search

Protest leader says ‘the rule of law’ is not up for negotiation with the government

Jeremy Sharon is The Times of Israel’s legal affairs and settlements reporter

Eliad Shraga, head of the Movement for Quality Government, speaks at an anti-overhaul protest in front of the Supreme Court in Jerusalem on March 9, 2023. (Jeremy Sharon/Times of Israel)
Eliad Shraga, head of the Movement for Quality Government, speaks at an anti-overhaul protest in front of the Supreme Court in Jerusalem on March 9, 2023. (Jeremy Sharon/Times of Israel)

Eliad Shraga, head of the Movement for Quality Government (MQG), one of the leading protest movements against the coalition’s judicial overhaul program, says negotiations with the government for a compromise solution to the current political crisis can only begin if 10 uncompromising conditions are met.

Shraga’s conditions include the adoption of a constitution “in the spirit of the Declaration of Independence”; the passage of a bill of rights to ensure equality “in rights and obligations”; a clear separation of powers and formulation of checks and balances; an independent judicial selection committee that is not controlled by politicians; mechanisms to prevent someone on trial or convicted of serious crimes from serving in government; guarantees for the independence of the attorney general and government legal advisers; and no expansion of authorities for the rabbinical courts.

“This is the most important struggle in the history of the country. We will not conduct negotiations over the rule of law and the supremacy of the law,” says Shraga at an event outside the Supreme Court in Jerusalem.

Shraga, who presented his proposals and a draft constitution drawn up by MQG to President Isaac Herzog on Wednesday night, also dismisses several compromise proposals made recently which he says would undermine democracy in Israel.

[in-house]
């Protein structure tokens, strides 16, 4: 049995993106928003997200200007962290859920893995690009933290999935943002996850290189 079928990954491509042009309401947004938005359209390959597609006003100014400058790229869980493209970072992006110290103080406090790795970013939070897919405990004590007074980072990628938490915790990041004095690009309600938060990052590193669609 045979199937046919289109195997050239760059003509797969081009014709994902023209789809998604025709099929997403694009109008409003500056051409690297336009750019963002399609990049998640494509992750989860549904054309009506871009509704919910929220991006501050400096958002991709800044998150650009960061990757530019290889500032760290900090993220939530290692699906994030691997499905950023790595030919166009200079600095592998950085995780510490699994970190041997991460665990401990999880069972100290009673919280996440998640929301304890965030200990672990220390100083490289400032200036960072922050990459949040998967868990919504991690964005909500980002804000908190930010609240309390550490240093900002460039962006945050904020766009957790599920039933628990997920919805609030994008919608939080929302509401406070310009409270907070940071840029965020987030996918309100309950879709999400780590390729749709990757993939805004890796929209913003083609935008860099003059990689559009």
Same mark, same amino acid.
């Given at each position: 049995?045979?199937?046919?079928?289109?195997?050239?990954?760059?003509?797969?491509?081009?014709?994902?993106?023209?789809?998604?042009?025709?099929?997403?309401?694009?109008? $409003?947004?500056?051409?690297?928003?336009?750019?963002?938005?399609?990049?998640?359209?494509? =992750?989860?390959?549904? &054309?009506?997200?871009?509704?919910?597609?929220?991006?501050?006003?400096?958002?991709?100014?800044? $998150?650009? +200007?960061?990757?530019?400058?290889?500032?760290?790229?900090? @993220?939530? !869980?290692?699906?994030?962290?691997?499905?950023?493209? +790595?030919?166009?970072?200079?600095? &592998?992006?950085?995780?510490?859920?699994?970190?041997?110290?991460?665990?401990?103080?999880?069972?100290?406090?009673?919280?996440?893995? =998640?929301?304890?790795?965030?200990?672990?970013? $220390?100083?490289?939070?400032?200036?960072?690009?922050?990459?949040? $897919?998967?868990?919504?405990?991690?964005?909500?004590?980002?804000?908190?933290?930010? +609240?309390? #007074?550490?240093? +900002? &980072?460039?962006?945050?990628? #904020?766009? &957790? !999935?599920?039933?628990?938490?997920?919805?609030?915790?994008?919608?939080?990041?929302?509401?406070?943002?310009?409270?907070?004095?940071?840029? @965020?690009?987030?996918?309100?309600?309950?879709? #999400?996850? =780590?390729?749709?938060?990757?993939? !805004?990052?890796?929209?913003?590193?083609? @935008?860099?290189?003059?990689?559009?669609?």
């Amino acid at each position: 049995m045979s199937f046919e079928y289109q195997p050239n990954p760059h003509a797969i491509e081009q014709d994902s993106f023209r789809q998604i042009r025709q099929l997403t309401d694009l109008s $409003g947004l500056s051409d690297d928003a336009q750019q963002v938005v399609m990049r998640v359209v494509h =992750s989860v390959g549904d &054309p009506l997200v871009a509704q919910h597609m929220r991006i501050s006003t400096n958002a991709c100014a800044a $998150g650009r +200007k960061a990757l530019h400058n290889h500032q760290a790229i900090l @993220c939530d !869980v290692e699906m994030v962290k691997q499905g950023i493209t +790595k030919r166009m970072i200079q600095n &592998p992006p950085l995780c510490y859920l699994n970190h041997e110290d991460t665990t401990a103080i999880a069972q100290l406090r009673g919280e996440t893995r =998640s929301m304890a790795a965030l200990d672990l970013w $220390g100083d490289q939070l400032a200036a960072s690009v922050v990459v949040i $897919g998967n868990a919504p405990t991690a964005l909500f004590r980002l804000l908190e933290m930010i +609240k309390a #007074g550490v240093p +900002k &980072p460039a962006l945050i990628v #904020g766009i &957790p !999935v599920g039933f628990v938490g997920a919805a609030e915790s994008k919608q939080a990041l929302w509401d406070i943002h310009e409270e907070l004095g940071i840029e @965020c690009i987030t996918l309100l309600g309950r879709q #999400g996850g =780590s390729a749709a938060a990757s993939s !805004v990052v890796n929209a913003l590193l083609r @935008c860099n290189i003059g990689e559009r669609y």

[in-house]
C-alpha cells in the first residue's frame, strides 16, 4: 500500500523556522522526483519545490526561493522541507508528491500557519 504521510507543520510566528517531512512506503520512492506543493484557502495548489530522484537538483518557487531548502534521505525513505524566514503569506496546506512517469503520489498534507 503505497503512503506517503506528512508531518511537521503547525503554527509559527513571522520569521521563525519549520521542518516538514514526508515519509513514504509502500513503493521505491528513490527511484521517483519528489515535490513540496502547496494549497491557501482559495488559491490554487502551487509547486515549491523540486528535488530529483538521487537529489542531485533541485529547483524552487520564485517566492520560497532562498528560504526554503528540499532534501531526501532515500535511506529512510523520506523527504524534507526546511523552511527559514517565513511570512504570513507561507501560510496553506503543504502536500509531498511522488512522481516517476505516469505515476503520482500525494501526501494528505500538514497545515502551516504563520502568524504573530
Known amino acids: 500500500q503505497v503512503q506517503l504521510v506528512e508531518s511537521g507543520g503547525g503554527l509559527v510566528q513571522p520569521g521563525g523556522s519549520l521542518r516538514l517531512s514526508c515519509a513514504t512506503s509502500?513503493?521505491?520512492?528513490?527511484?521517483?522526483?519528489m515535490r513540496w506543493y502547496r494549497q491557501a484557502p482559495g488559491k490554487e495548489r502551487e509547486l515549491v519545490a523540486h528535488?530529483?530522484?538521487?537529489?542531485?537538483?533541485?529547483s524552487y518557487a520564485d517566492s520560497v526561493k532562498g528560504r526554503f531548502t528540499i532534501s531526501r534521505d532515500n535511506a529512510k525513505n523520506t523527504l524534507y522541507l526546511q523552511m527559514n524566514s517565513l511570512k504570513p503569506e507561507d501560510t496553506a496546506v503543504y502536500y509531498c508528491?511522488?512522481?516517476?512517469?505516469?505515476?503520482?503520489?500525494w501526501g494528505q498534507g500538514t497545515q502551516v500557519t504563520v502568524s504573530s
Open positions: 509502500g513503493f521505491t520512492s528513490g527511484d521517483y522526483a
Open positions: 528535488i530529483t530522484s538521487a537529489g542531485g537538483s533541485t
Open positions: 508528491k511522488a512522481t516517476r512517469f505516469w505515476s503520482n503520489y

Former Supreme Court justice Ayala Procaccia, who is also present at the event, insists that good-faith negotiations cannot be conducted while the government drives ahead with the legislative process for its radical judicial reforms, but says both sides need to be open to negotiations.

“We will never agree to live in a country that is not just, fair, and human,” says Procaccia.

Never miss breaking news on Israel
Get notifications to stay updated
You're subscribed
image
Register for free
and continue reading
Registering also lets you comment on articles and helps us improve your experience. It takes just a few seconds.
Already registered? Enter your email to sign in.
Please use the following structure: [email protected]
Or Continue with
By registering you agree to the terms and conditions. Once registered, you’ll receive our Daily Edition email for free.
Register to continue
Or Continue with
Log in to continue
Sign in or Register
Or Continue with
check your email
Check your email
We sent an email to you at .
It has a link that will sign you in.